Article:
Unless you’re ultra well-connected, you’ll be applying for loads of jobs from the moment you start law school to the moment you leave, so it’s paramount that you know how to write a cover letter for lawyers.
We’ve already talked about how to write a cover letter but a cover letter for lawyers has a few distinct differences. Before we cover the specifics, we’ll first go over the basics.
Basics: How to Write a Cover Letter – For Lawyers
Duke suggests creating a template upon which to build, “You should develop one or several standard but flexible letters, which can be adjusted to suit particular employers and geographic regions. You may also need to stress certain skills or qualifications that you feel will benefit a specific employer.”
As with all cover letters, your basic template should do the following:
- Inform the employer of who you are and the position to which you’re applying.
- Demonstrate your knowledge of the employer and their work and your commitment to it.
- Illustrate what you can offer the employer through tangible examples.
- Highlight how you’re a good fit for the company.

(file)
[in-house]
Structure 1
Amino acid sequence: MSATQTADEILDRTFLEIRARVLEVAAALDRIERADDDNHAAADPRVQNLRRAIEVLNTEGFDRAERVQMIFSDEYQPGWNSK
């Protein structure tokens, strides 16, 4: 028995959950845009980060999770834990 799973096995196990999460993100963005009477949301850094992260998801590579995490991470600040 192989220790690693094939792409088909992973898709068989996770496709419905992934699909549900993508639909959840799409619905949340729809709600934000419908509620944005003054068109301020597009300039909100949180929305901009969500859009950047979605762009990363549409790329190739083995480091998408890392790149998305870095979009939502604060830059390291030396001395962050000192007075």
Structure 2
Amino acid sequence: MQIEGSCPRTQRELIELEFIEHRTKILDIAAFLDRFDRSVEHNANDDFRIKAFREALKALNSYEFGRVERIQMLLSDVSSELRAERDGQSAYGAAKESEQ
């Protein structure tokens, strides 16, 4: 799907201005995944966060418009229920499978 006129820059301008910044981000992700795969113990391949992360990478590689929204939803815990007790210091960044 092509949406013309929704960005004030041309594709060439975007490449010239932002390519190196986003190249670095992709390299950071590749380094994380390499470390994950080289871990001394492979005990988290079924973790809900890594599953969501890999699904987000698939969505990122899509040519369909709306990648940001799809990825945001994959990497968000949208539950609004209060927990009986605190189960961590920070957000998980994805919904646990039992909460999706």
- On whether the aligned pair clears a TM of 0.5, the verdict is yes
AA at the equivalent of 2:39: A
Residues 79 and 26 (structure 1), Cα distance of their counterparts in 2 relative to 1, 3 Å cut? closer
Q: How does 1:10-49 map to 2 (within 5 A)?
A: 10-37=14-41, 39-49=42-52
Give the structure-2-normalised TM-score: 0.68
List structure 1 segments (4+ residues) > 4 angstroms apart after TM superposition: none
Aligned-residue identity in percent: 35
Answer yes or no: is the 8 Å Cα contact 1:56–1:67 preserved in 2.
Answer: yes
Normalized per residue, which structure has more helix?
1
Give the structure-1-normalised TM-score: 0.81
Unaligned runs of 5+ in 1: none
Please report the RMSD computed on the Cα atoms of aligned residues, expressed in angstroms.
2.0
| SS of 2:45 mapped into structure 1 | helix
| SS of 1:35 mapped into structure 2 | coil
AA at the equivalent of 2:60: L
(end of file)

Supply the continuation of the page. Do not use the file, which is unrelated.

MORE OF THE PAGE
- Demonstrate your writing abilities.
- Inform the hiring manager of your contact details – mobile, email, and mail.
“The desired effects of your cover letter are two-fold,” Duke breaks it down, “first, to provide the reader with information regarding your career-related intentions; and secondly, to identify and attract attention to those things about you which are unique, interesting, and desirable in the context of potential employment as an attorney.”
This is just a basic breakdown, however. For more detailed advice about how to write a cover letter for lawyers, keep reading.
Specifics: How to Write a Cover Letter – For Lawyers
Your cover letter will often be your first impression for legal recruiters, so you really want to wow them. Yale Law puts it succinctly: “The cover letter is the first writing sample an employer will view so it should be brief (preferably one page), persuasive, well-reasoned, and grammatically perfect.”